Finally 7 replaces 6, which is in block 5.

So, answer is (B)

QUESTION: 15

Consider a direct mapped cache of size 32 KB with block size 32 bytes. The CPU generates 32 bit addresses. The number ofbits needed for cache indexing and the number of tag bits are respectively,

Solution:

Number of blocks = cache size/block size = 32KB/32 = 1024 bytes. So, indexing requires 10 bits. Number of OFFSET bits required to access 32 bit block = 5. So, number of TAG bits = 32 - 10 - 5 = 17. So, answer is (A).

QUESTION: 16

Consider a 2-way set associative cache memory with 4 sets and total 8 cache blocks (0-7) and a main memory with 128 blocks (0-127). What memory blocks will be present in the cache after the following sequence of memory block references if LRU policy is used for cache block replacement. Assuming that initially the cache did not have any memory block from the
current job?
0 5 3 9 7 0 16 55

Solution:

128 main memory blocks are mapped to 4 sets in cache. So, each set maps 32 blocks each. And in each set there is place for two blocks (2-way set).
Now, we have 4 sets meaning 2 index bits. Also, 32 blocks going to one set means 5 tag bits.
Now, these 7 bits identify a memory block and tag bits are placed before index bits. (otherwise adjacent memory references- spatial locality- will hamper cache performance)
So, based on the two index bits (lower 2 bits) blocks will be going to sets as follows:

Since, each set has only 2 places, 3 will be throw out as its the least recently used block. So, final content of cache will be
0 5 7 9 16 55
(C) choice.

QUESTION: 17

Consider two cache organizations. First one is 32 kb 2-way set associative with 32 byte block size, the second is of same size but direct mapped. The size of an address is 32 bits in both cases . A 2-to-1 multiplexer has latency of 0.6 ns while a k - bit comparator has latency of

k/10 ns The hit latency of the set associative organization is hwhile that of direct mapped is h2
.
The value of h1 is:

Solution:

Cache size is 32 KB and cache block size is 32 B. So,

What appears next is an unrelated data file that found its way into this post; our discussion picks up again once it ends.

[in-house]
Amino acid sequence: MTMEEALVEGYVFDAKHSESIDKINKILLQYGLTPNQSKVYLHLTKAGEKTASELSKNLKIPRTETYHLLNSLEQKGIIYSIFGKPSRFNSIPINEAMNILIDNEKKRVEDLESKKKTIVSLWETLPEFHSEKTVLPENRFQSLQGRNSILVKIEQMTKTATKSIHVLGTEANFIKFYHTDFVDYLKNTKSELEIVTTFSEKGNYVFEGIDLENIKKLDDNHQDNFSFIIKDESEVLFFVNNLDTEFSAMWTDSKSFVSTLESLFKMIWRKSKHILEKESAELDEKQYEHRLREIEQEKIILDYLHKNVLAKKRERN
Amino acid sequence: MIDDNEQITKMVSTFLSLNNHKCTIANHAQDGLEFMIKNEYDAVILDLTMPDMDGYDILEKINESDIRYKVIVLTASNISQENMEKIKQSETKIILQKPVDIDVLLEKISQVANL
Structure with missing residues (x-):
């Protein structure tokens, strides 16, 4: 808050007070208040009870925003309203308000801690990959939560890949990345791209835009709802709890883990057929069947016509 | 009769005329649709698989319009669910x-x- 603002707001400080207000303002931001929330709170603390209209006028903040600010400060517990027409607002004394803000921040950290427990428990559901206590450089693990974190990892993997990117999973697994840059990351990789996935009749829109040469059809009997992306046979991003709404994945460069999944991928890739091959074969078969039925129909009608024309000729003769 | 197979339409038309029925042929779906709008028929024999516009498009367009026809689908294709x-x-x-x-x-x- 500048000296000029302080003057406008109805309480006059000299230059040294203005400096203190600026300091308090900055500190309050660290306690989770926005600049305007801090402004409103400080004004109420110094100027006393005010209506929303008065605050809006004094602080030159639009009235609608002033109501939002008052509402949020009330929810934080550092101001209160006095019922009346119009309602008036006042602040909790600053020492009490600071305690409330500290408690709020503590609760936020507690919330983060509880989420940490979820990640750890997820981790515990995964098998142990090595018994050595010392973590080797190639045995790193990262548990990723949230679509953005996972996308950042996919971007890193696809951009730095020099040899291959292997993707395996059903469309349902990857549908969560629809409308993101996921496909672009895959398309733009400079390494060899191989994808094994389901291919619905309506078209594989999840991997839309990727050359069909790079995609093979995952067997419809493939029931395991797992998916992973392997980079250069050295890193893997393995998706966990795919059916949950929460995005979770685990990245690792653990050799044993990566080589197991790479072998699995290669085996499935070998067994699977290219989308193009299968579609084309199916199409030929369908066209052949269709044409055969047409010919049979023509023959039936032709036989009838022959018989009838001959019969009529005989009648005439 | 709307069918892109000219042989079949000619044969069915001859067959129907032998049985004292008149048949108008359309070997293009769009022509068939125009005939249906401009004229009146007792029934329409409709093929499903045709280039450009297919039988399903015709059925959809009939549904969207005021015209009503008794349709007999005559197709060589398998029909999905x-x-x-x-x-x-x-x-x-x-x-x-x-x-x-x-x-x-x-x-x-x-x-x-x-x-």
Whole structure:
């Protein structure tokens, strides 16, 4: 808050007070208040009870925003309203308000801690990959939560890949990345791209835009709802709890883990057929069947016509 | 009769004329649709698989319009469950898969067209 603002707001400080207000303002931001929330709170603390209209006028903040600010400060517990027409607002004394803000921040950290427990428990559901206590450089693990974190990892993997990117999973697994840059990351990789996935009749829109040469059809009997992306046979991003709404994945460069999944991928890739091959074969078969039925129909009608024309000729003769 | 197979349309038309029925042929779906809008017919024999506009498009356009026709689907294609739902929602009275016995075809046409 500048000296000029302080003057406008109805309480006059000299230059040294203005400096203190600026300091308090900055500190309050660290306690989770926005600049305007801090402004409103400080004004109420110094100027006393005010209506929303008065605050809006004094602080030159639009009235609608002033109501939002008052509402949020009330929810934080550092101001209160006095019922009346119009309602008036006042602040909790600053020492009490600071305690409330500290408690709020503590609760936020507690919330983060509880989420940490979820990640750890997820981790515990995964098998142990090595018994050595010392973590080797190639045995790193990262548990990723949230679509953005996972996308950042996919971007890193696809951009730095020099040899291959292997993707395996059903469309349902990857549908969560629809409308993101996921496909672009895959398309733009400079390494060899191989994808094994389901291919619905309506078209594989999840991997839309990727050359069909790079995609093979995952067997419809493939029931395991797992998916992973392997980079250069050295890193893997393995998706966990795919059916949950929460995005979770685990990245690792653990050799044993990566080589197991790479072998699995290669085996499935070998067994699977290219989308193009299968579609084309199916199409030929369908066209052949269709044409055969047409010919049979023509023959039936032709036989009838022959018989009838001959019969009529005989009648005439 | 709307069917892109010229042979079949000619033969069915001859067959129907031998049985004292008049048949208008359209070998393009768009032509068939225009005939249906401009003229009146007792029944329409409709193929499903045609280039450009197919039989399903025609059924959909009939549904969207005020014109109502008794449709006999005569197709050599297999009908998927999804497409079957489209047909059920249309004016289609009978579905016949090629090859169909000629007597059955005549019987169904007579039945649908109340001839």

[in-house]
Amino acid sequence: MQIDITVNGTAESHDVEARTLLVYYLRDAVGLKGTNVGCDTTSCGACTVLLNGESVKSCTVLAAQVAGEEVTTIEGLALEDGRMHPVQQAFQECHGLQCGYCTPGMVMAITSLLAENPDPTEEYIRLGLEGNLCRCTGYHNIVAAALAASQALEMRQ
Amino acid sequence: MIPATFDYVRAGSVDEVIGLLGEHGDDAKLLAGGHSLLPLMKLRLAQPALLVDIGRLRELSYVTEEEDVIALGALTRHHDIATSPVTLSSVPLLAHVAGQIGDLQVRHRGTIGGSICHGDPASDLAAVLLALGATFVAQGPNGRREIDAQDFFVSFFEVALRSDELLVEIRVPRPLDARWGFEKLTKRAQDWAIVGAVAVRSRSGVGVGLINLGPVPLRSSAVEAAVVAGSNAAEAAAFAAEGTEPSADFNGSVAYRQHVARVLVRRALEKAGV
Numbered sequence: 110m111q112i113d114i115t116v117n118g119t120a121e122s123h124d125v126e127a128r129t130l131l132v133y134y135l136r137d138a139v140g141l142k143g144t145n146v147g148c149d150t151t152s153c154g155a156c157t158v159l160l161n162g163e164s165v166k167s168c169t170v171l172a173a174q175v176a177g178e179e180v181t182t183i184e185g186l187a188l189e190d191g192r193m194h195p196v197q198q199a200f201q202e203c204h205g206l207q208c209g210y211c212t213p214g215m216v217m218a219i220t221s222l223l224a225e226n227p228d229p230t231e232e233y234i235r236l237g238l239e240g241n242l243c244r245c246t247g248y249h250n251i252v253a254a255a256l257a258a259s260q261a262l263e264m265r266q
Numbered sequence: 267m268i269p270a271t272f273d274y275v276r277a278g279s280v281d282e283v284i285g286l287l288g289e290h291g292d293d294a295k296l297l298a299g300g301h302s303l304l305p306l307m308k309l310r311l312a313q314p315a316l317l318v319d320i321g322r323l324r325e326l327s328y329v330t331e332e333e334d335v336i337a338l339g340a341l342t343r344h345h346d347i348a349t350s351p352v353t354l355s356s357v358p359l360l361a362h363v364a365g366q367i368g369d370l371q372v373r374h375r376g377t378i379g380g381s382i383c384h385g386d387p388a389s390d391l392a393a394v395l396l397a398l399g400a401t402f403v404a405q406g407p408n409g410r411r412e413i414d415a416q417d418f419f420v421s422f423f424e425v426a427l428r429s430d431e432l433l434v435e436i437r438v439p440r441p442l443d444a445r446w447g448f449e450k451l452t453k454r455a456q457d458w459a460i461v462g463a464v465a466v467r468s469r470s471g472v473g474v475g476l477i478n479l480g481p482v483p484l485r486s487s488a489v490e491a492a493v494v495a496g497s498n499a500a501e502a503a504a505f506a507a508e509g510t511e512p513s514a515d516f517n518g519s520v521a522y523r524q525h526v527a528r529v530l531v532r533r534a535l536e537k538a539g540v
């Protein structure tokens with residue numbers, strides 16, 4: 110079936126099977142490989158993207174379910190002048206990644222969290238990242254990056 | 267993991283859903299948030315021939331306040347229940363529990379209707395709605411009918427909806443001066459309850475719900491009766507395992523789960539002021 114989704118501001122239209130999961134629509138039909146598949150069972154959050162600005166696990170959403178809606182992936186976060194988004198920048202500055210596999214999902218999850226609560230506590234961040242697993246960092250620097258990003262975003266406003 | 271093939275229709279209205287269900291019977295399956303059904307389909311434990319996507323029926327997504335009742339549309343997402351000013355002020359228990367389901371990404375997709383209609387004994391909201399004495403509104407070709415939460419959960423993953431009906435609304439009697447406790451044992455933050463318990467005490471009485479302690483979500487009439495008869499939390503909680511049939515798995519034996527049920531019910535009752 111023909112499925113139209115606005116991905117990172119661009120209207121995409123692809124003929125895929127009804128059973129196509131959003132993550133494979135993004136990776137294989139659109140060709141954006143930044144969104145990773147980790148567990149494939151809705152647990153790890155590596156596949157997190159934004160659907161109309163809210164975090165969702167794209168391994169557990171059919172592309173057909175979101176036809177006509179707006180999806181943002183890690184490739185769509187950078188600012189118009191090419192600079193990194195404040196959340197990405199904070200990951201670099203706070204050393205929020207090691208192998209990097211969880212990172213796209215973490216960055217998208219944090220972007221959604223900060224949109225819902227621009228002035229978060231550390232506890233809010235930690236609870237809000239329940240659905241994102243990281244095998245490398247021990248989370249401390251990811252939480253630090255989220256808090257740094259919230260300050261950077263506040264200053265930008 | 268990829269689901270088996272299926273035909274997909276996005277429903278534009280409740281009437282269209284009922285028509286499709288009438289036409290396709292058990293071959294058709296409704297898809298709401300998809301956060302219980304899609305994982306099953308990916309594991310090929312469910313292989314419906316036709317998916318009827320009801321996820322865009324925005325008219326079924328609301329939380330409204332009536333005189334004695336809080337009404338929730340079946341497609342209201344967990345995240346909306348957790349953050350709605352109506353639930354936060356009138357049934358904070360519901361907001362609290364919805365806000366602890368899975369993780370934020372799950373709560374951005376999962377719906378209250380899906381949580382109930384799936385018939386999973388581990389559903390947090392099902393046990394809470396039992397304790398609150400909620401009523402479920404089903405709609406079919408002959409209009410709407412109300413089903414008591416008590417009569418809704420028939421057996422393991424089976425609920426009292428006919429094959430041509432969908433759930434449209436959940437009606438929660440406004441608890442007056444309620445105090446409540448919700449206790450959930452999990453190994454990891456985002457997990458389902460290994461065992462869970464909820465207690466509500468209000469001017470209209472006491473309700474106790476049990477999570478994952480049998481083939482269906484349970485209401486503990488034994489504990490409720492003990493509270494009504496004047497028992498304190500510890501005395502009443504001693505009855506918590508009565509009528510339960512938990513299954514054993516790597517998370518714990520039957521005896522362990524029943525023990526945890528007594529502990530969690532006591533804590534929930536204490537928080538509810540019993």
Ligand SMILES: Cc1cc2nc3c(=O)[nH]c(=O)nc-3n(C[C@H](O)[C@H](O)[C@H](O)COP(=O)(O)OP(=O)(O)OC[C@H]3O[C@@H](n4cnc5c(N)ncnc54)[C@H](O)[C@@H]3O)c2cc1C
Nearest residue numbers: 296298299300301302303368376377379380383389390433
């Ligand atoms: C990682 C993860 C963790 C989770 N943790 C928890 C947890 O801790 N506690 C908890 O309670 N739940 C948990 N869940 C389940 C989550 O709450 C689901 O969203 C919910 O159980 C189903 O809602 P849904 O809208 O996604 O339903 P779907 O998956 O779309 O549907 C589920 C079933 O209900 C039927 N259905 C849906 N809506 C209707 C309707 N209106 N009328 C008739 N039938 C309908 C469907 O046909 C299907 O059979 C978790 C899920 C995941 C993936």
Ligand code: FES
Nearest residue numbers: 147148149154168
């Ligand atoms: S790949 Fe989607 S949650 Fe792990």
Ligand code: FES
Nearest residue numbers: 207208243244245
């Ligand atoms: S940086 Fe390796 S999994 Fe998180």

So, number of index bits needed = 9 ( since 29 = 512). Number of offset bits = 5 (since 25 = 32 B is the block size and assuming byte addressing). So, number of tag bits = 32 - 9 - 5 = 18 (as memory address is of 32 bits).
So, time for comparing the data = Time to compare the data + Time to select the block in set = 0.6 + 18/10 ns = 2.4 ns.
(Two comparisons of tag bits need to be done for each block in a set, but they can be carried out in parallel and the succeeding one multiplexed as the output).

QUESTION: 18

Consider two cache organizations. First one is 32 kb 2-way set associative with 32 byte block size, the second is of same size but direct mapped. The size of an address is 32 bits in both cases . A 2-to-1 multiplexer has latency of 0.6 ns while a k - bit comparator has latency of

k/10 ns The hit latency of the set associative organization is hwhile that of direct mapped is h2
.
The value of h1 is:

Solution:

word offset=5bit
block offset=32kb/32=10bit
so tag bit=32-10-5=17bit
hit latency=mux delay+comparator delay
1. mux is not required in direct mapped cache coz we have only one comprator(IF IT IS 2 WAY SET ASSOCITATIVE THEN
COMPRATOR WILL BE 2 AND WE NEED A MUX OF 2-TO-1 TO DECIDE HIT/MISS) so mux delay=0..
2 comp. delay=k/10=17/10=1.7.
so h2 =1.7

QUESTION: 19

A CPU has a 32 KB direct mapped cache with 128 byte-block size. Suppose A is two dimensional array of size with elements that occupy 8-bytes each. Consider the following two C code segments, P1 and P2.
P1:
for (i=0; i<512; i++)
{
for (j=0; j<512; j++)
{
x +=A[i] [j];
}
}
P2:
for (i=0; i<512; i++)
{
for (j=0; j<512; j++)
{
x +=A[j] [i];
}
}
P1 and P2 are executed independently with the same initial state, namely, the array A is not in the cache and i, j, x are in registers. Let the number of cache misses experienced by P1 be M1 and that for P2 be M2.
The value of M1 is:

Solution:

Code being C implies array layout is row-major.
When A[0][0] is fetched, 128 consecutive bytes are moved to cache. So, for the next 128/8 -1= 15 memory references
there won't be a cache miss. For the next iteration of i loop also the same thing happens as there is no temporal locality in the code. So, number of cache misses for P1
= (512/16) × 512
= 32 × 512
= 214 = 16384


Hence, answer = option C

QUESTION: 20

A CPU has a 32 KB direct mapped cache with 128 byte-block size. Suppose A is two dimensional array of size with elements that occupy 8-bytes each. Consider the following two C code segments, P1 and P2.
P1:
for (i=0; i<512; i++)
{
for (j=0; j<512; j++)
{
x +=A[i] [j];
}
}
P2:
for (i=0; i<512; i++)
{
for (j=0; j<512; j++)
{
x +=A[j] [i];
}
}
P1 and P2 are executed independently with the same initial state, namely, the array A is not in the cache and i, j, x are in
registers. Let the number of cache misses experienced by P1 be M1 and that for P2 be M2.
The value of the ratio 

Solution:

Number of Cache Lines


In 1 Cache Line

 

P


P2


    

It is so because for
P1 for every line there is a miss, and once a miss is processed we get 16 elements in memory. So another miss happens after 16 elements.
for
P2 for every element there is a miss coz storage is row major order(by default) and we are accessing column wise.
Hence, answer = option B